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Emil L. Fackenheim

By Emil L. Fackenheim



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What sort of “Jewish state” should Israel be? To answer decisively, it may still be fifty years too soon. For a catastrophe has happened that Herzl never dreamt of, and for Ben-Gurion it had yet fully to sink in. However, Ben-Gurion knew there must be a Jewish state, and Weizmann judged it must be “now or never.” Too terrible had been the Holocaust in Europe, and too terrible Jewish helplessness everywhere else.
The decision “a Jewish state now” had been secular-religious. Without the secularists, the religious would have been waiting for the Messiah, alas, in Europe. Without the religious, secularists might have built a state elsewhere; but they would never have made it to the Land of Israel.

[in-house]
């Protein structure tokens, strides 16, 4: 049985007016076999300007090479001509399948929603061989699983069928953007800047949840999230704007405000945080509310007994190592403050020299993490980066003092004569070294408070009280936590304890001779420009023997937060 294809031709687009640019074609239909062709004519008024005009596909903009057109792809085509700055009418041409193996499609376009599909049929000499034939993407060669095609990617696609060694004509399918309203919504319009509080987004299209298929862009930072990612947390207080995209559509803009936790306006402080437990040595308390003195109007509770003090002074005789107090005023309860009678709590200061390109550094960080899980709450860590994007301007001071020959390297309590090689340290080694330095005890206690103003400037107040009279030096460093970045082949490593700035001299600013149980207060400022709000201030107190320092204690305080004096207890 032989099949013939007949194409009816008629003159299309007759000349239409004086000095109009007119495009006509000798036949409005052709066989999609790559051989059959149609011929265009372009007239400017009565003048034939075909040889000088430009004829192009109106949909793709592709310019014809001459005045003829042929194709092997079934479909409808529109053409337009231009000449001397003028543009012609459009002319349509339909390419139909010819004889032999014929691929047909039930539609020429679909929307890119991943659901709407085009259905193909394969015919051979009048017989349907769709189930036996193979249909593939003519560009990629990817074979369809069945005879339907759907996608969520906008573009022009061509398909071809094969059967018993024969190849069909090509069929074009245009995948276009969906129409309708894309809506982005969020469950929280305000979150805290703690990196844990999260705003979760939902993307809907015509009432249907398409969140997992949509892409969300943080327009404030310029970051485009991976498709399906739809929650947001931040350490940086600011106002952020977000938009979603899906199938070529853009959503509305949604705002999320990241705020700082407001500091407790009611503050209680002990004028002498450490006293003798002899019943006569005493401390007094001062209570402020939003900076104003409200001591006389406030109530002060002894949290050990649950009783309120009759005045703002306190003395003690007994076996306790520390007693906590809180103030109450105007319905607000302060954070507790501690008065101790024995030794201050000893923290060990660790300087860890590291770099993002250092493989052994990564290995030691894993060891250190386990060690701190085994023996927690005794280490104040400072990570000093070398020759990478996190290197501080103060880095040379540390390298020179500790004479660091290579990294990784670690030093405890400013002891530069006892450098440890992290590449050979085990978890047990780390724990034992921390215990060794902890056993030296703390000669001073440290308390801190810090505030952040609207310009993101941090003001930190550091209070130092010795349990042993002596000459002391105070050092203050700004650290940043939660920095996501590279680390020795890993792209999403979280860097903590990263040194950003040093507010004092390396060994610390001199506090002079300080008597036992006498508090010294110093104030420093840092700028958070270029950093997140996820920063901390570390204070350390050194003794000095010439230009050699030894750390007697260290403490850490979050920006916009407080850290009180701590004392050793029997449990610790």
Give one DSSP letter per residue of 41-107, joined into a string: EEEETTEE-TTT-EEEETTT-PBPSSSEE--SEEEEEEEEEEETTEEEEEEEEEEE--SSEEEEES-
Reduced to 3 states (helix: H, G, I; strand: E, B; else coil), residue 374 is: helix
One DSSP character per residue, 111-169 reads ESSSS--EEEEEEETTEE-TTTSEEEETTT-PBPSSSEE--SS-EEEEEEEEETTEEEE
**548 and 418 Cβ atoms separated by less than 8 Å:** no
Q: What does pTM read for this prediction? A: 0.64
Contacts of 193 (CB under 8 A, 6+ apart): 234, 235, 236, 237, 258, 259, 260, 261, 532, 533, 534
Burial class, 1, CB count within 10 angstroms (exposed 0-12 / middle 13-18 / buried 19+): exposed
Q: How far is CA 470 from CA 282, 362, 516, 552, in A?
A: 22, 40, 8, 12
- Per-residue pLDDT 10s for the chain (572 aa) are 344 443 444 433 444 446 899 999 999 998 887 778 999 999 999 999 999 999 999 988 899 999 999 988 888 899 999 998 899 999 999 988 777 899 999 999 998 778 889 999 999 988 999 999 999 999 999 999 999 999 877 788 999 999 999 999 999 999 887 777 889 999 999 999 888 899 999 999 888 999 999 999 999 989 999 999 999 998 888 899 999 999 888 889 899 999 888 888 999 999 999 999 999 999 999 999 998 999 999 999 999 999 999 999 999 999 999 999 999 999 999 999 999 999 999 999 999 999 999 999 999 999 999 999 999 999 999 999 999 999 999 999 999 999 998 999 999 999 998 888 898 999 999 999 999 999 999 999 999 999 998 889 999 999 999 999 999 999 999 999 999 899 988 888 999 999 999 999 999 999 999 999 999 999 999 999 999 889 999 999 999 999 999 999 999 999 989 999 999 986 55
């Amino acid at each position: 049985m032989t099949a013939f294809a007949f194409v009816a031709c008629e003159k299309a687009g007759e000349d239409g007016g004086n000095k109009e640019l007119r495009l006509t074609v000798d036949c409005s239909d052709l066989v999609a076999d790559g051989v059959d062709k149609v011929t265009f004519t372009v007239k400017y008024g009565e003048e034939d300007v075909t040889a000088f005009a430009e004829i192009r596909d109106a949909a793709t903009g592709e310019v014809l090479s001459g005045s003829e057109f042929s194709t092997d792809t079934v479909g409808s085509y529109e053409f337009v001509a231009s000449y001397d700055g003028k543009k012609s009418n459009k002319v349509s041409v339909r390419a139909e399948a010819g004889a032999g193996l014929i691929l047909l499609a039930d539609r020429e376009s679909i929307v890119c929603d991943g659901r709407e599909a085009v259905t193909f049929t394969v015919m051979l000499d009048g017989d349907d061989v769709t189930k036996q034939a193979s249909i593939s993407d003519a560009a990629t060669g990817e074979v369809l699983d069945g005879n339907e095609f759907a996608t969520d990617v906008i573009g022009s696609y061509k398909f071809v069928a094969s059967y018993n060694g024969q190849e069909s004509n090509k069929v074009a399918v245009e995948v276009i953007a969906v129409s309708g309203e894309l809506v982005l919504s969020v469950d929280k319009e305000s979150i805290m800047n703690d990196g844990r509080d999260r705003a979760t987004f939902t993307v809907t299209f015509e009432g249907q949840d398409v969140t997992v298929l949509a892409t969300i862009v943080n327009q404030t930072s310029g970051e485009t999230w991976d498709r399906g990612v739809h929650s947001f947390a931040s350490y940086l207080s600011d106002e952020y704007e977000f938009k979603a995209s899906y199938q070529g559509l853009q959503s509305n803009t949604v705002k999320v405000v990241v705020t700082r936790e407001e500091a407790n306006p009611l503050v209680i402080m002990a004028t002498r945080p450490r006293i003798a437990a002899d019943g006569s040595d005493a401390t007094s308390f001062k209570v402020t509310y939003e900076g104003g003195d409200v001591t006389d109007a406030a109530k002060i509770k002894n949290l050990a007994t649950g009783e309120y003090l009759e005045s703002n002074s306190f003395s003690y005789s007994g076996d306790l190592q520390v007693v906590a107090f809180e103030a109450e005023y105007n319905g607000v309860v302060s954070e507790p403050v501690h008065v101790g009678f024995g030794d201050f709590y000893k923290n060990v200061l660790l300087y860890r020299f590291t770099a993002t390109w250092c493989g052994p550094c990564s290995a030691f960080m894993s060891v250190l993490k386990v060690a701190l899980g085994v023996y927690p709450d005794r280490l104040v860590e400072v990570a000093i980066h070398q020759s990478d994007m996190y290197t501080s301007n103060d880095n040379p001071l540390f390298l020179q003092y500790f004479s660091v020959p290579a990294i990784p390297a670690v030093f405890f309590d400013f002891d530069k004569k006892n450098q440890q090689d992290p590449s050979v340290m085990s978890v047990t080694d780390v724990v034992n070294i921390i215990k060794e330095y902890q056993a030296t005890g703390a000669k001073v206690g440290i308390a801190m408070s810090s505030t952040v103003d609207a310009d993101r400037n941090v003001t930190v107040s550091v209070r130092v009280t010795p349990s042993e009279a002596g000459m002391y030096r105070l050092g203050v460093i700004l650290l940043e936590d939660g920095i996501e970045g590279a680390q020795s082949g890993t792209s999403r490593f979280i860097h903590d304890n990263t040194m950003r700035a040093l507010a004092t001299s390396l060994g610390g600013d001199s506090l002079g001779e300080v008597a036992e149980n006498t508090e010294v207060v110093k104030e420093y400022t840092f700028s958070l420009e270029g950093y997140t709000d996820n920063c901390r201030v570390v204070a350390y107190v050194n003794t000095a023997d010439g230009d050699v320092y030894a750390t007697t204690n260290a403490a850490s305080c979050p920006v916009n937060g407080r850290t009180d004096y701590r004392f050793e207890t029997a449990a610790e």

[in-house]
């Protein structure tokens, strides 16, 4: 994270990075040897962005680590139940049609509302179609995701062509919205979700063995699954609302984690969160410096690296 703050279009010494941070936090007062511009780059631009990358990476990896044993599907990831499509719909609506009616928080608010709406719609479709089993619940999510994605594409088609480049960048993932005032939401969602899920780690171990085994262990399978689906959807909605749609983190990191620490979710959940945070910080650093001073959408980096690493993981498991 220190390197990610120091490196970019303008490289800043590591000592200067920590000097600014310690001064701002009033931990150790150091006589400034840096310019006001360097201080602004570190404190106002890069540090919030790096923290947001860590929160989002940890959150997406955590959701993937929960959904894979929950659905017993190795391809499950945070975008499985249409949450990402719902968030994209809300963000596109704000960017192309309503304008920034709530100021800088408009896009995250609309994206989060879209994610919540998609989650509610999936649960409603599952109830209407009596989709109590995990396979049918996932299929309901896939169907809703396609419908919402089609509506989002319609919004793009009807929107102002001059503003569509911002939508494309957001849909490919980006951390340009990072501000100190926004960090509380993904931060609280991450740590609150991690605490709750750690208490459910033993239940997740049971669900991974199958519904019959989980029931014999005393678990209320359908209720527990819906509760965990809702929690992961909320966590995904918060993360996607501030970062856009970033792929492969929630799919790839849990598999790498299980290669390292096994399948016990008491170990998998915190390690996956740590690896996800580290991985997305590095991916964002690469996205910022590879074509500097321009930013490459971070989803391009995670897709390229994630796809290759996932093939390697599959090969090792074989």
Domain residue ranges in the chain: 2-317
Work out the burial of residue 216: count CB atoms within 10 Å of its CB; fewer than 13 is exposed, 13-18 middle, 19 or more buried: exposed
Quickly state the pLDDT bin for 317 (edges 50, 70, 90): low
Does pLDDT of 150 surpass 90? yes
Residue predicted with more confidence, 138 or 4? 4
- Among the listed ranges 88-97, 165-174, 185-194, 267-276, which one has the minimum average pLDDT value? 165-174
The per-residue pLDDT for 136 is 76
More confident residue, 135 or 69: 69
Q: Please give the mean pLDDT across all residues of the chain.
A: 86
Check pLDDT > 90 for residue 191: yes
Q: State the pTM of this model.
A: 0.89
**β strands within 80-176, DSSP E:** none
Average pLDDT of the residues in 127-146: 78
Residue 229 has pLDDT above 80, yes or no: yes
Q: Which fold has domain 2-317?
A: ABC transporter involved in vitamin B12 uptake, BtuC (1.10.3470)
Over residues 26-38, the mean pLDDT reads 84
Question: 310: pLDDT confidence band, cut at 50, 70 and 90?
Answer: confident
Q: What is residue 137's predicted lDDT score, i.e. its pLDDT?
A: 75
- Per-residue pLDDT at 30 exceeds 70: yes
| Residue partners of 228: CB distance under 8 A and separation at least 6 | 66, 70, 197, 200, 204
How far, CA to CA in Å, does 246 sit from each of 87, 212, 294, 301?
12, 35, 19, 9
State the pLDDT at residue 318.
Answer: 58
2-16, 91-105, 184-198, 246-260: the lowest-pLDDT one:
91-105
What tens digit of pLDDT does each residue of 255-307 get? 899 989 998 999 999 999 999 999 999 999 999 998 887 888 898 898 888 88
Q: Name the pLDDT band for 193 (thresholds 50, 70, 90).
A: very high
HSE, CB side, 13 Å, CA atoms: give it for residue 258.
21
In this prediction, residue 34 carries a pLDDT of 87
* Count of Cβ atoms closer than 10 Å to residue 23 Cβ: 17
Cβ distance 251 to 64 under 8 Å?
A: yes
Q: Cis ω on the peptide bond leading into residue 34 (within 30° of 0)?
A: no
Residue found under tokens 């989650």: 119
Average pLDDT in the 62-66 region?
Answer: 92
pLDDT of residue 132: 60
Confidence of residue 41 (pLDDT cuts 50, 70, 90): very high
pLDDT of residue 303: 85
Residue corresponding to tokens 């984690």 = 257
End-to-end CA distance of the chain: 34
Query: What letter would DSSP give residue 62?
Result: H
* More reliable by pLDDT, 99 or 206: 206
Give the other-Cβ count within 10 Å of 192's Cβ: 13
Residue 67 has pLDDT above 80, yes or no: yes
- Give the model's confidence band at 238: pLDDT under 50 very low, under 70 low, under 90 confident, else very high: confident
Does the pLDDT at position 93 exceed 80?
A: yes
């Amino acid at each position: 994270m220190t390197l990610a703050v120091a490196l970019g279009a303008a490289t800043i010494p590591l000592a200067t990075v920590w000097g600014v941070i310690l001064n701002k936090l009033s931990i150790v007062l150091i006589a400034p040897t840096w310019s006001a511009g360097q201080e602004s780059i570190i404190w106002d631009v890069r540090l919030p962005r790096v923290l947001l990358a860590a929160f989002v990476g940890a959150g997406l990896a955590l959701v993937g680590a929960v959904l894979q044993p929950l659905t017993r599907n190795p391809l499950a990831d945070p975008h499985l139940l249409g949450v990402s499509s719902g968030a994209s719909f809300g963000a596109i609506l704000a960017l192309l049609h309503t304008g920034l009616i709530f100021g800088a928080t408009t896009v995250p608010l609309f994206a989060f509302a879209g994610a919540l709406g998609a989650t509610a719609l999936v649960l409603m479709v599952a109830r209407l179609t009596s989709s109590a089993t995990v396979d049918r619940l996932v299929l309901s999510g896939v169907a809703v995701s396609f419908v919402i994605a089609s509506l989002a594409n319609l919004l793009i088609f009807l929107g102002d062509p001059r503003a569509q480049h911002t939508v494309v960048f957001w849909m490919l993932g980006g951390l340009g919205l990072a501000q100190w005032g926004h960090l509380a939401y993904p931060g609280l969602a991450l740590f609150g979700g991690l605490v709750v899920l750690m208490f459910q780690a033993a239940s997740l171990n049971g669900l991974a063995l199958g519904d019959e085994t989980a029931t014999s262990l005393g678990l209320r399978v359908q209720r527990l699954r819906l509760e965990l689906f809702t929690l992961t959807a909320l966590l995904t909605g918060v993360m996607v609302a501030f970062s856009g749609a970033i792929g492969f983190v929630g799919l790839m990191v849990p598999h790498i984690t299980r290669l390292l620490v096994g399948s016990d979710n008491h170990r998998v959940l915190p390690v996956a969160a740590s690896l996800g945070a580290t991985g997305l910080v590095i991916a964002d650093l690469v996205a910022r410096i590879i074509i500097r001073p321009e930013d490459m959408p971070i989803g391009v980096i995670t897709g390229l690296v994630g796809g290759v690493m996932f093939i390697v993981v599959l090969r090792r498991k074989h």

Two years after its founding the Knesset passed the Law of Return; had it failed, it would have been to their lasting shame. Another seventeen years later, Israel returned to Jerusalem. Others have compared it to the Crusaders who came, left, and left behind ruins. But Jews came back to stay, and are rebuilding Jerusalem.
Recovery takes patience and time and, being short of both, Jews at one extreme forget their quarrel with God and lapse into ultra-Orthodoxy, while at the other they make Germans-exterminating-Jews into a quarrel between “people” and “people.”
Will there be an end to patience, even in fifty years? Jews have returned once before and, had they not done so—had all the tribes been “lost”—neither Christianity nor Islam would ever have arisen. Perhaps one day the words of “Hatikva” can be changed, and “Jewish soul” can be replaced with “soul of Abraham.” The Christian God is God of Abraham, Isaac and Jacob; and when Abraham died, Isaac and Ishmael buried him together.
 

Emil L. Fackenheim is a philosopher and theologian living in Jerusalem.

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